In 2004, Brian was awarded an honourary membership in the Cuban Orthopaedic Association after he was invited to Cuba by Fidel Castro’s son, Antonio, who is an orthopedic surgeon, to teach arthroscopic surgery to Cuban doctors. That led to a memorable experience with one of the most recognizable figures of the 20th century.

“So I got to talk healthcare and other stuff with Fidel Castro sitting on the same sofa together from 11pm until 5am one night,” he recalled. “That was special. He’s a character. I mean, I enjoy talking to you but it’s not as amazing as talking to Fidel Castro.”

That same year Brian became just the second Canadian to serve as president of the Arthroscopy Association of North America, the world’s leading academic society in the field of arthroscopic surgery and sports injuries. He considers this one of the highlights of his medical career.

“For the Americans to have acknowledged a Canadian it was kind of neat being a Canadian leading an American organization based in Chicago.”

In 2006, Brian was elected president of the Canadian Medical Association, the only orthopedic surgeon to serve in this role in an organization that was formed the same year as Canada’s Confederation in 1867. During his term he travelled to every province and territory and gave talks all over the world, including one back in his hometown in Liverpool where he and his wife dined privately with the city’s Lord Mayor, quite the full circle from his early days growing up in hardscrabble Liverpool 8.

Among the notable honours Brian has received thus far, in 2012 he was ranked #38 in the Power50 list for influencers in Canadian sport by The Globe and Mail. In 2014, the BC Medical Association awarded him the Don Rix Award for Physician Leadership, an award for exemplary physician leadership determined by lifetime achievements that serve as an inspiration to the medical profession in British Columbia. It held special significance for Brian as Rix was a friend who got him involved in caring for the PGA golfers when the PGA Tour’s Greater Vancouver Open / Air Canada Championship was hosted by Surrey’s Northview Golf and Country Club from 1996-2002.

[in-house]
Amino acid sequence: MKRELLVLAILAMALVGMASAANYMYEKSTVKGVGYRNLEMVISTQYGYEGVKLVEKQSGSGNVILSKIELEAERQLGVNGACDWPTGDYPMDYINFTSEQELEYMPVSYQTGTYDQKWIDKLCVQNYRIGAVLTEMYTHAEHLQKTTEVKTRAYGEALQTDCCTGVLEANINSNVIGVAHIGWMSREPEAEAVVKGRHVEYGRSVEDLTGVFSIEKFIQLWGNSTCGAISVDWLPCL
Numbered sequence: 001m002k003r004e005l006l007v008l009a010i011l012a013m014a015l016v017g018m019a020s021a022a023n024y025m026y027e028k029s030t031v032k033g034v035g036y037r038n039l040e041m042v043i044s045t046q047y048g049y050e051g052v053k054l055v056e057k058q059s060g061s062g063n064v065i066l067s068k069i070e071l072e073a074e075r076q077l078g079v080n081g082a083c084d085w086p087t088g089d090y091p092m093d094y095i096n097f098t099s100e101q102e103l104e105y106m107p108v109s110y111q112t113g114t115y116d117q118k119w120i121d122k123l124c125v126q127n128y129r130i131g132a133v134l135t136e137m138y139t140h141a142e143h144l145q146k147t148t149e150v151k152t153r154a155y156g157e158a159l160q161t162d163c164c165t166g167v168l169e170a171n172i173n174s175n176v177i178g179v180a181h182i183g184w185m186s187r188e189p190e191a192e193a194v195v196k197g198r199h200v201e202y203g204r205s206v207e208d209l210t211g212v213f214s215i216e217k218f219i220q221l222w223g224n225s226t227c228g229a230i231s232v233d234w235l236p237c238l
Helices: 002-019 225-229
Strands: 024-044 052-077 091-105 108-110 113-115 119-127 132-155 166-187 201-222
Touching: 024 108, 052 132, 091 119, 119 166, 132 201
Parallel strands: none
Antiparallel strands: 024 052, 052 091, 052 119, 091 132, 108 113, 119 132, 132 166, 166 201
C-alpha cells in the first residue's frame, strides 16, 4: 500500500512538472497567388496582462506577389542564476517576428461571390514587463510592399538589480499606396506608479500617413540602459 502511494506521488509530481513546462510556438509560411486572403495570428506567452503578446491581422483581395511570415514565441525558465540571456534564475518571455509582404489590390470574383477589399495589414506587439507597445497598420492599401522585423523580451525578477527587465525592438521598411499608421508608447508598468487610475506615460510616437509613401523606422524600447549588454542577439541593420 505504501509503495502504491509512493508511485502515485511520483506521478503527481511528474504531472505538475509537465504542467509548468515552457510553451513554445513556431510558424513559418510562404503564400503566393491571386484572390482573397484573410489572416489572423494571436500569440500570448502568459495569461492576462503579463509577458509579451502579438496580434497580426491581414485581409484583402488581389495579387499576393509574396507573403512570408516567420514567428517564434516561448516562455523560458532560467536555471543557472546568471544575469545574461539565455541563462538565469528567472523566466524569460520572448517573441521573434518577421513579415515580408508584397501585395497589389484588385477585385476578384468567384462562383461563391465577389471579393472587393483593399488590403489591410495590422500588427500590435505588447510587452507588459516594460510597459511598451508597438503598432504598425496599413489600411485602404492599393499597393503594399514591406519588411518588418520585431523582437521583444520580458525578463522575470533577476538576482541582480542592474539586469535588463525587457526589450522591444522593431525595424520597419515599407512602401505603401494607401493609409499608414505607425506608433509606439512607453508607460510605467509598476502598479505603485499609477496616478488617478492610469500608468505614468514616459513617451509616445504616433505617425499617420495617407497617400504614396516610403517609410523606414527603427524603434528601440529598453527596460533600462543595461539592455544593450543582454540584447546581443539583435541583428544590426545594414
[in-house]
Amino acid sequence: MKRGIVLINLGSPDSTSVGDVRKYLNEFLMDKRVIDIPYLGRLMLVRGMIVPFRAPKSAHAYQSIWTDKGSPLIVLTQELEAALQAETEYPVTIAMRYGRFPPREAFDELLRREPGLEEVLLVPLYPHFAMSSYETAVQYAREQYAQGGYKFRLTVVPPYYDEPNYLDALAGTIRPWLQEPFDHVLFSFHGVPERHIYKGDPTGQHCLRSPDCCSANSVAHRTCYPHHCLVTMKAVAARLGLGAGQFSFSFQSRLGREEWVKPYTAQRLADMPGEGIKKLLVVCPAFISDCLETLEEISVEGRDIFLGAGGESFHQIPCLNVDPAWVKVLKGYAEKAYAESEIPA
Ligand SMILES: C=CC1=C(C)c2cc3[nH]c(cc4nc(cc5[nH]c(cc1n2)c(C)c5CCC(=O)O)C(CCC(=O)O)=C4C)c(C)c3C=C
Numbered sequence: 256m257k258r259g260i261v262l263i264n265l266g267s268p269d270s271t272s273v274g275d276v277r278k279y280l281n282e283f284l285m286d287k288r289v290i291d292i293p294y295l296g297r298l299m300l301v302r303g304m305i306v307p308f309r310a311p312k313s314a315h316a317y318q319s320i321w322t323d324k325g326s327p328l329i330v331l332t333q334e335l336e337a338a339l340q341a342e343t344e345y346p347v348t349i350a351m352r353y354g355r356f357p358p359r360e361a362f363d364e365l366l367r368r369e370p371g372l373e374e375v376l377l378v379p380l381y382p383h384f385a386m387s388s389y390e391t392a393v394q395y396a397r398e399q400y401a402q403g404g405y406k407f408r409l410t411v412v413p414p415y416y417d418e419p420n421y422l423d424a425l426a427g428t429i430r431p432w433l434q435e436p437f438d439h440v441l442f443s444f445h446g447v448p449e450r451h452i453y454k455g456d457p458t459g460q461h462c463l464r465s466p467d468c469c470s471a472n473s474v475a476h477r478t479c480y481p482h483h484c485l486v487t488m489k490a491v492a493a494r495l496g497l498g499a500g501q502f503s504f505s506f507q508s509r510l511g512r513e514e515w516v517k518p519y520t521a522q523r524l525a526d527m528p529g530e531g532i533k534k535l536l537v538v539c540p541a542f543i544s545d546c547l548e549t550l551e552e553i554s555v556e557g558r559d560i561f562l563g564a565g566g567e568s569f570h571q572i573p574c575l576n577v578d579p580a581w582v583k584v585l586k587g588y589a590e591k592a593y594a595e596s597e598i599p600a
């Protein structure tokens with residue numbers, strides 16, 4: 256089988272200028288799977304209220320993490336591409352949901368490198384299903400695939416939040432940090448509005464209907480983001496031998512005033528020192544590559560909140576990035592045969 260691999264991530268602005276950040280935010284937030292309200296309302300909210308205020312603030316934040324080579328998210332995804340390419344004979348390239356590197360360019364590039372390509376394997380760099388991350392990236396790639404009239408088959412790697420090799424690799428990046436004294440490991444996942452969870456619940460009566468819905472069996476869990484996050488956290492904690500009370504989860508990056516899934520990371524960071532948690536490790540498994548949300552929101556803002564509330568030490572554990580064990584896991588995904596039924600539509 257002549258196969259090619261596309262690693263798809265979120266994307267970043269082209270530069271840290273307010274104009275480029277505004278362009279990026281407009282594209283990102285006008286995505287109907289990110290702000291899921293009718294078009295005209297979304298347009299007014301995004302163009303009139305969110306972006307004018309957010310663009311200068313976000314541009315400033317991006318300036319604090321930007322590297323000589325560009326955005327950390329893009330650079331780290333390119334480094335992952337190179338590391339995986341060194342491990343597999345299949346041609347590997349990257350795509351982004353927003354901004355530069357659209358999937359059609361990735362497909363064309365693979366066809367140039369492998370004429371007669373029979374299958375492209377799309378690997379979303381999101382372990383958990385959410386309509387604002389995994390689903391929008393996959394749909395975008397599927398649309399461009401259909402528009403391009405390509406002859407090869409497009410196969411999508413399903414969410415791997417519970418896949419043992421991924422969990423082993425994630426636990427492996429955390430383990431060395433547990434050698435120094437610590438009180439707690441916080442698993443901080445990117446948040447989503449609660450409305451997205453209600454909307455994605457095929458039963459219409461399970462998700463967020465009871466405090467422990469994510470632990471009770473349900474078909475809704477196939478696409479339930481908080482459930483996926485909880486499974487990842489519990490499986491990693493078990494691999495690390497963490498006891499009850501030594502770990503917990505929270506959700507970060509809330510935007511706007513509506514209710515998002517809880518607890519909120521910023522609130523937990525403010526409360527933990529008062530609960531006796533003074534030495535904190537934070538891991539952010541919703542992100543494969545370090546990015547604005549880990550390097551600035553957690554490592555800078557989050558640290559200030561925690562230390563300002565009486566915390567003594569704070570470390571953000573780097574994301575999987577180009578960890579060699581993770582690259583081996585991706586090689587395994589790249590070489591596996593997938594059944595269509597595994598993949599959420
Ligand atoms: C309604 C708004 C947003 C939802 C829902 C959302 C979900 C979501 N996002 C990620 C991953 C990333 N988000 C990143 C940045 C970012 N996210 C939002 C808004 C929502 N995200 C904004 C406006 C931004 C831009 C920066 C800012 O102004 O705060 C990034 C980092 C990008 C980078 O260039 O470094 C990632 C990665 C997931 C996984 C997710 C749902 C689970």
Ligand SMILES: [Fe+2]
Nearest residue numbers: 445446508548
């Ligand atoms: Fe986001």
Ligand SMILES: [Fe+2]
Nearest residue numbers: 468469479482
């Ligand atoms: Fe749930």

But Brian unequivocally states his proudest accomplishment is his family. He has six children: two sons from his first marriage and three sons and one daughter from his current marriage approaching thirty years with Dr. Nina Bland, a former professional tennis player who represented Canada in the Federation Cup from 1979-81. Two of their younger boys work in the technology field with a very successful company founded by their older brothers. It’s a special family work connection.  Their other son, also a former Canadian National tennis champion, is a lawyer in New York, and their daughter is currently completing law school.

“There is nothing like seeing your kids do well,” he said. “That you’ve got to be grateful for because so much can go wrong these days.”

Medicine and arthroscopic surgery remains at the heart of Brian’s life to this day. Most Thursdays Brian can still be found conducting surgeries on patients at the Cambie Surgery Centre in Vancouver, the clinic he founded in 1995 and which is today one of the busiest private hospitals in Canada.

Even though increasingly more individuals from the sports medicine field have been honoured by sports halls of fame in recent years, Brian’s induction into the BC Sports Hall of Fame still took him by surprise, a very pleasant one.

“I mean I’m honoured and proud because sports has been a big part of my life, my career, and my family’s life. I’m just very proud and pleased, although pride is supposed to be a sin,” he laughed.

As part of the Class of 2023, Dr. Brian Day was formally inducted into the BC Sports Hall of Fame in the Pioneer category at the annual Induction Gala held June 1, 2023 at the Fairmont Hotel Vancouver.